Introduction of Foreign Female Asian Elephants (Elephas Maximus) into an Existing Group: Behavioural Reactions and Changes in Cortisol Levels
Authors: Schmid, J; Heistermann, M; Gansloßer, U; Hodges, J K
Source: Animal Welfare, Volume 10, Number 4, November 2001 , pp. 357-372(16)
Publisher: Universities Federation for Animal Welfare
Abstract:The present study examined the extent to which the introduction of three female Asian elephants (aged 3, 11, and 27 years) into a group of 1.4 (1 male, 4 female) elephants at Münster zoo, Germany, affects the behaviour and urinary cortisol levels of the animals involved. At Münster, only the females were monitored — the bull was mainly kept separate. Behavioural observations were carried out before transfer and during the six-month period following transfer, and urine samples were collected regularly from each elephant during the whole observation period. All elephants showed behavioural changes to the process of introduction. The transferred animals increased their social behaviour after arrival in the foreign zoo. Two of them showed an increase in stereotypies and one a reduction in stereotypies. The elephants at Münster reacted with decreased frequencies of stereotypies and increased frequencies of social behaviour and manipulation/exploration behaviour. Six months after transfer, three of the four elephants at Münster and one of the three transferred elephants showed nearly the same behavioural activity pattern as before transfer. One female still showed elevated stereotypic behaviour. From the four elephants in which cortisol measurements could be reliably performed (two of the transferred elephants and two elephants at Münster), only one individual at Münster responded to the process of introduction with a short-term elevation in urinary cortisol levels. One elephant showed a negative correlation between locomotion and cortisol levels and one a positive correlation between stereotypies and cortisol levels. Taken together, the results suggest that transfer and introduction caused some stress responses in the elephants, but that stress was neither prolonged nor severe. Serious welfare problems may have been prevented through individual behavioural coping mechanisms and former experience with stressful situations.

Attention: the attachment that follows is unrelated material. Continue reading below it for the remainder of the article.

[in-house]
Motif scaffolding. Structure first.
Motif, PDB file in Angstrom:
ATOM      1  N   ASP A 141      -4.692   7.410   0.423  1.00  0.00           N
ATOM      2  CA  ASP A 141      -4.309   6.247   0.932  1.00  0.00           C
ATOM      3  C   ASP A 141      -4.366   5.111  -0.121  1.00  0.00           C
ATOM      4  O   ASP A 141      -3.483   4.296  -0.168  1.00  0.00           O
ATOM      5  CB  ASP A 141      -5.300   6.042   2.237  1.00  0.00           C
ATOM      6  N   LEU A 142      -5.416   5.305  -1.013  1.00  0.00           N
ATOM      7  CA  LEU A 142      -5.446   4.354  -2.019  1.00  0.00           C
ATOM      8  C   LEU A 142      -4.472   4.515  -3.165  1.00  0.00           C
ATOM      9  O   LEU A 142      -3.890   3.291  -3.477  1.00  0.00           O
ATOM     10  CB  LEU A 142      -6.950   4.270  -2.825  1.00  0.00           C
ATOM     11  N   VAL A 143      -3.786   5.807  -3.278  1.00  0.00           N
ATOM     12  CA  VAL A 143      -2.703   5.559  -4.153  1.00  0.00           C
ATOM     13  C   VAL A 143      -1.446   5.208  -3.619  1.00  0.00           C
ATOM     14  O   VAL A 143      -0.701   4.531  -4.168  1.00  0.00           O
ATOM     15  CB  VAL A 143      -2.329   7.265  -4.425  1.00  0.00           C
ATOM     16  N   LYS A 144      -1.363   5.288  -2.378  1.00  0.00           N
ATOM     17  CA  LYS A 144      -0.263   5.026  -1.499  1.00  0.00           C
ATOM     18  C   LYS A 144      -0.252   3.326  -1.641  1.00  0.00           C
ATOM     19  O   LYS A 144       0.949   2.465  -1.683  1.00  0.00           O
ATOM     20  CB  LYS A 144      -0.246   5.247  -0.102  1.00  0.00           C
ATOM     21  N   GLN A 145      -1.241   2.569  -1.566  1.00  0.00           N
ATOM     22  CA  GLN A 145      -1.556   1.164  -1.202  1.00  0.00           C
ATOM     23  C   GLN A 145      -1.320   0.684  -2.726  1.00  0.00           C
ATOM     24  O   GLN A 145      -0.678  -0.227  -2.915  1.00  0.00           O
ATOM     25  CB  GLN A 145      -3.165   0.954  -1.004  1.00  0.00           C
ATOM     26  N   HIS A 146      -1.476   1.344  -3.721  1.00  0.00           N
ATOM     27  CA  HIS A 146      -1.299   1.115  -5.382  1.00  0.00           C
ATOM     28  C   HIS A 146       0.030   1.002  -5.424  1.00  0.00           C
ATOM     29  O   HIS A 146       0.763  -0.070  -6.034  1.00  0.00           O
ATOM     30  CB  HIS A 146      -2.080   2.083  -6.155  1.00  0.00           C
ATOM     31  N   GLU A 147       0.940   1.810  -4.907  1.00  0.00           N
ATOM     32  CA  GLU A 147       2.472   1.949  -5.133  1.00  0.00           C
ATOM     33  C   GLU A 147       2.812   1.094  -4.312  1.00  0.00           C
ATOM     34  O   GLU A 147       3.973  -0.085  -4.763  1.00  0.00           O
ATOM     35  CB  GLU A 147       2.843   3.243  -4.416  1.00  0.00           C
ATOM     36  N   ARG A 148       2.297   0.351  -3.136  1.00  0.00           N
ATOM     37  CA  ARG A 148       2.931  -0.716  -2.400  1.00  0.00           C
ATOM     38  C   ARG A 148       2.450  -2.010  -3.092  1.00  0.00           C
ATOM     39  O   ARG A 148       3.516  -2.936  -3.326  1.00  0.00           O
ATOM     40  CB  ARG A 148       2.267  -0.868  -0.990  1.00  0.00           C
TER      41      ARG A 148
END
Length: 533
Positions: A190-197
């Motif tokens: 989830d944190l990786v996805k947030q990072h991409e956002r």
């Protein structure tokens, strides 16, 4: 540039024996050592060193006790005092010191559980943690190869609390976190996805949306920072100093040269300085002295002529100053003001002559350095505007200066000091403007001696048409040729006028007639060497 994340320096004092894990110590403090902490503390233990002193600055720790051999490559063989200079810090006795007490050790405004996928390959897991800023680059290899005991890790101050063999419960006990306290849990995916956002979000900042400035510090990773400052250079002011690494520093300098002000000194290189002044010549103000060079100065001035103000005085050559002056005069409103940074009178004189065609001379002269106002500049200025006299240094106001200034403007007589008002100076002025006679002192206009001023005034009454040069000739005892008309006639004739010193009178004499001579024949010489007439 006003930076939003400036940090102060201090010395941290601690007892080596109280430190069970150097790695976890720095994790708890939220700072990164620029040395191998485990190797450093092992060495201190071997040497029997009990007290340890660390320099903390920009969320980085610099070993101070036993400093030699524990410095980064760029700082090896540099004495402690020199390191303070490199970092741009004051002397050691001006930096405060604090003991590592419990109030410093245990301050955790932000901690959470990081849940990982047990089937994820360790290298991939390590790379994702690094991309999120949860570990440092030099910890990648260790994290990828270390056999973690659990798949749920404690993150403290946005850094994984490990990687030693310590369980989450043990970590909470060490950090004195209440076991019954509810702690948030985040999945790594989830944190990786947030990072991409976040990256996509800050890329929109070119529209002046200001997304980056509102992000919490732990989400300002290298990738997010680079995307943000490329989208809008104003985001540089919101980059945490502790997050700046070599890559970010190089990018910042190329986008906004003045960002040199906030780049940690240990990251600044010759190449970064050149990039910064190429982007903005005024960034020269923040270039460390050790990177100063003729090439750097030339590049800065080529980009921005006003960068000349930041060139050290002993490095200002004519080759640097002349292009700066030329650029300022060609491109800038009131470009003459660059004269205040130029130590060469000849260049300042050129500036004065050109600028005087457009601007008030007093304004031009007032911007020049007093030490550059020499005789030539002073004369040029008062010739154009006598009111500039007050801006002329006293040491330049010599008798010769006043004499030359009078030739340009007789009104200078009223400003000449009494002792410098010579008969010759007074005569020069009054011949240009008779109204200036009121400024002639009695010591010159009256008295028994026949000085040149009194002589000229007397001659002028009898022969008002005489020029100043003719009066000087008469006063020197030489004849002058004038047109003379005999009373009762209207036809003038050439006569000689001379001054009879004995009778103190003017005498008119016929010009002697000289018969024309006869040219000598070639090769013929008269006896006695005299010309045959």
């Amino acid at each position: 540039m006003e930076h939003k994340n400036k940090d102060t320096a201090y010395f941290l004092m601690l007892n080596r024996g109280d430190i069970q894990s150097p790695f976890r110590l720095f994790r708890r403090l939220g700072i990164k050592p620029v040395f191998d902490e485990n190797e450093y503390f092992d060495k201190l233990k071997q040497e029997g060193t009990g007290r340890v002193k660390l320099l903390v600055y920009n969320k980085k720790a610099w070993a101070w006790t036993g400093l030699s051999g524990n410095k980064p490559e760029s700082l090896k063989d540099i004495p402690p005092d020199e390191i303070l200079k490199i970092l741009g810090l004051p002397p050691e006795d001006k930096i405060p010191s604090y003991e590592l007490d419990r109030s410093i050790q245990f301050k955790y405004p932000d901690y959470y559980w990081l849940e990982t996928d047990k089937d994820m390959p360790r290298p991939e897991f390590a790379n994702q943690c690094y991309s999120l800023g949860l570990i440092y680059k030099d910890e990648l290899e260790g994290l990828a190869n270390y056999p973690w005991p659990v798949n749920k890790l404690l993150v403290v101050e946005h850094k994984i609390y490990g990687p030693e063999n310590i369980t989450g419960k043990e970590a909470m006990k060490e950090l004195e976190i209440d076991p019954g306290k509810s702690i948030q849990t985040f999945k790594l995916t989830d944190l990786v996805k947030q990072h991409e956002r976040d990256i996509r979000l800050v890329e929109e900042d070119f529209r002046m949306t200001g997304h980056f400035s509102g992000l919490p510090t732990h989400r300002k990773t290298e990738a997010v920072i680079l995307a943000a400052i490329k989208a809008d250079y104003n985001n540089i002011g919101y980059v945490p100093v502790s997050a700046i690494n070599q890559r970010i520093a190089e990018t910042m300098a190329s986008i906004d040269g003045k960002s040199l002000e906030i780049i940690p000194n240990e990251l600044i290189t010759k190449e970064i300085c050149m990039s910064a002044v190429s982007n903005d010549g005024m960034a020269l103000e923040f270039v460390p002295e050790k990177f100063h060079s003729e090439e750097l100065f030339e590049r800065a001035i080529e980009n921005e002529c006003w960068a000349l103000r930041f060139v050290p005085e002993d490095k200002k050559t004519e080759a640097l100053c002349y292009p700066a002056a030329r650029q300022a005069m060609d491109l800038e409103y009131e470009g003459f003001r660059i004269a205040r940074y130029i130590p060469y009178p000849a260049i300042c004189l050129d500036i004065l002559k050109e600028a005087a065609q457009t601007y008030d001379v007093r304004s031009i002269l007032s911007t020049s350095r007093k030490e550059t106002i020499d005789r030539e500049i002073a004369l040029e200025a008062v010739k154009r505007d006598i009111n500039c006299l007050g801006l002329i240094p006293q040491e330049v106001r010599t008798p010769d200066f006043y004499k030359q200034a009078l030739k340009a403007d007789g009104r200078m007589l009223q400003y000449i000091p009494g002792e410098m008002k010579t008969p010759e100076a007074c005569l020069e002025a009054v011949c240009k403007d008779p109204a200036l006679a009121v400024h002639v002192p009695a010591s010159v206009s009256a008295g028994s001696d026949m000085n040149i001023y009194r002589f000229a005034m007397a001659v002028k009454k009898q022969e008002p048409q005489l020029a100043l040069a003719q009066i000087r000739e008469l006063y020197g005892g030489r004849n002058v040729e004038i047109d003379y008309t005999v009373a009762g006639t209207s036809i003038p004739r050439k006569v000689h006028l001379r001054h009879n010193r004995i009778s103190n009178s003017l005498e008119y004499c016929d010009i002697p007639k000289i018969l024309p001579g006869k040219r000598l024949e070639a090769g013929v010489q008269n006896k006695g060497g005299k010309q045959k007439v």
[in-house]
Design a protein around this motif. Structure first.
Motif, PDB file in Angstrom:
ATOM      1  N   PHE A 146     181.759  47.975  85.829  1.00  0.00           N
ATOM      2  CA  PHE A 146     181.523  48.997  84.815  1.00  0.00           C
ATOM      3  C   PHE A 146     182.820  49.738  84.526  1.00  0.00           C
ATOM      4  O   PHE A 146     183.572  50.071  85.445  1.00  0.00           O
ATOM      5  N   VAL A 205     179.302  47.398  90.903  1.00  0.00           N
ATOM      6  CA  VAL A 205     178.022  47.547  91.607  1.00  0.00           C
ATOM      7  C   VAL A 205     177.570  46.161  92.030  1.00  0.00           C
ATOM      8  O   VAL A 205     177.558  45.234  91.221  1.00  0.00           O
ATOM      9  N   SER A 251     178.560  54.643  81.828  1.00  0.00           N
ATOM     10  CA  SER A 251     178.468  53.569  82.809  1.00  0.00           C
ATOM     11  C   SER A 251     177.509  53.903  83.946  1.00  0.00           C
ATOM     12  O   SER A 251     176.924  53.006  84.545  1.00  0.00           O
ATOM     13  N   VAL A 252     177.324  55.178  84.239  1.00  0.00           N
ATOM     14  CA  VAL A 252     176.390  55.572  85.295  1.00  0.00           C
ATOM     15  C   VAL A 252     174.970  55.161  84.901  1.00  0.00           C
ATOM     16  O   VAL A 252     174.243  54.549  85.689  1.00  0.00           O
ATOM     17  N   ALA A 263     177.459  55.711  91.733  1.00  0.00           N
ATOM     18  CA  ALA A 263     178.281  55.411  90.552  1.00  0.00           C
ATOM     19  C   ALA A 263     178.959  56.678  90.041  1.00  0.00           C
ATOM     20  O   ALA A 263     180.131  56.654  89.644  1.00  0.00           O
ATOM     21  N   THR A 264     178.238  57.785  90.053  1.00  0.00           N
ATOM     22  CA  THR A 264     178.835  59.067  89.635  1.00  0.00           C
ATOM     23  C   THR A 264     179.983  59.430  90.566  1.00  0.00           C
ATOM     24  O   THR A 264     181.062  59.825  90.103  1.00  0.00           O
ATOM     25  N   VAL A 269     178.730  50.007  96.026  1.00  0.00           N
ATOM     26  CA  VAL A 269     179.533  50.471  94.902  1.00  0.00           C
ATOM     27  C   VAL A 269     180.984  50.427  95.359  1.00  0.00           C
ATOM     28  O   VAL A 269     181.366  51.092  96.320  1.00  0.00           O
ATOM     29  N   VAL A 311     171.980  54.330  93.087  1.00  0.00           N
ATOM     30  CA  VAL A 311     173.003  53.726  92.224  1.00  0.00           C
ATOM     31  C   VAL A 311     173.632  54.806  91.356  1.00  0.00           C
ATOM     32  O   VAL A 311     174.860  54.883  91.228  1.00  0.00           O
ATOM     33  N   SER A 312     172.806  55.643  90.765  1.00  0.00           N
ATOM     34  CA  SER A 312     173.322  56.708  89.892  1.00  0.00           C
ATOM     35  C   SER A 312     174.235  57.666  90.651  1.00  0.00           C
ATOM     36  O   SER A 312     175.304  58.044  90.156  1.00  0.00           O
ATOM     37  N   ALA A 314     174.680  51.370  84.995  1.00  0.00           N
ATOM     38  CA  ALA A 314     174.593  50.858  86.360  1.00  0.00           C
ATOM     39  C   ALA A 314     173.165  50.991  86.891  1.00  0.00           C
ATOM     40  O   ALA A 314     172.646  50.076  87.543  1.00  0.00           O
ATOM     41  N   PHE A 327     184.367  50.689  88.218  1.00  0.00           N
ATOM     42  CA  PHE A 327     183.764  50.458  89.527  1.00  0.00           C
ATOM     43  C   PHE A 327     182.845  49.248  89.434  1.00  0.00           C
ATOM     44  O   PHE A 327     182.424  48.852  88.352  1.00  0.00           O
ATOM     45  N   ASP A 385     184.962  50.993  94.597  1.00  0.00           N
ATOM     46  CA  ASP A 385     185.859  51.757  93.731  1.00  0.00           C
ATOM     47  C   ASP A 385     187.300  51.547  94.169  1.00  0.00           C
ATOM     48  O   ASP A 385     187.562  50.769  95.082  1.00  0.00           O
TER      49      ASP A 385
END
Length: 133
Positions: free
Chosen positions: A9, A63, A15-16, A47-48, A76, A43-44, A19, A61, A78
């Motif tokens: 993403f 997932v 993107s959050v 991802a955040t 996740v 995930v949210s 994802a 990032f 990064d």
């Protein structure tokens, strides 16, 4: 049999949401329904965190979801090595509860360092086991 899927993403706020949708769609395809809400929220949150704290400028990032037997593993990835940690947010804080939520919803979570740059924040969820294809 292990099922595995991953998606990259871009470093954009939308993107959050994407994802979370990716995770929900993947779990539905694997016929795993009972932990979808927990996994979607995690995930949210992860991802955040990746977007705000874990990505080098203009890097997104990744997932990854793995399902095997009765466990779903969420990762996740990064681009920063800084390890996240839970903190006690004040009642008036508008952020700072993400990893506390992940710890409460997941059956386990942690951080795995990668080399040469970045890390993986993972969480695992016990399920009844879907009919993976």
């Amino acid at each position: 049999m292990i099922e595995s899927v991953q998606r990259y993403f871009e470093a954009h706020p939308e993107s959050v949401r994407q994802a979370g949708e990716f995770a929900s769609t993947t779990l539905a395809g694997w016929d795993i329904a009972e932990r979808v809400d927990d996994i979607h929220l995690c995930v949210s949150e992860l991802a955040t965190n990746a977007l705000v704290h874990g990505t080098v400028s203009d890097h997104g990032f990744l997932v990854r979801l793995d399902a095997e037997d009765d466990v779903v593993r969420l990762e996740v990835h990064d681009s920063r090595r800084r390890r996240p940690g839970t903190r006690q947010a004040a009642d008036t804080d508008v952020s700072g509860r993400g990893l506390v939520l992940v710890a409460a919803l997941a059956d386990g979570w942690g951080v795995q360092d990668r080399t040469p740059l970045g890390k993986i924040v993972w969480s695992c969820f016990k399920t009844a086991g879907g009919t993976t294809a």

Document Type: Research Article
Publication date: November 1, 2001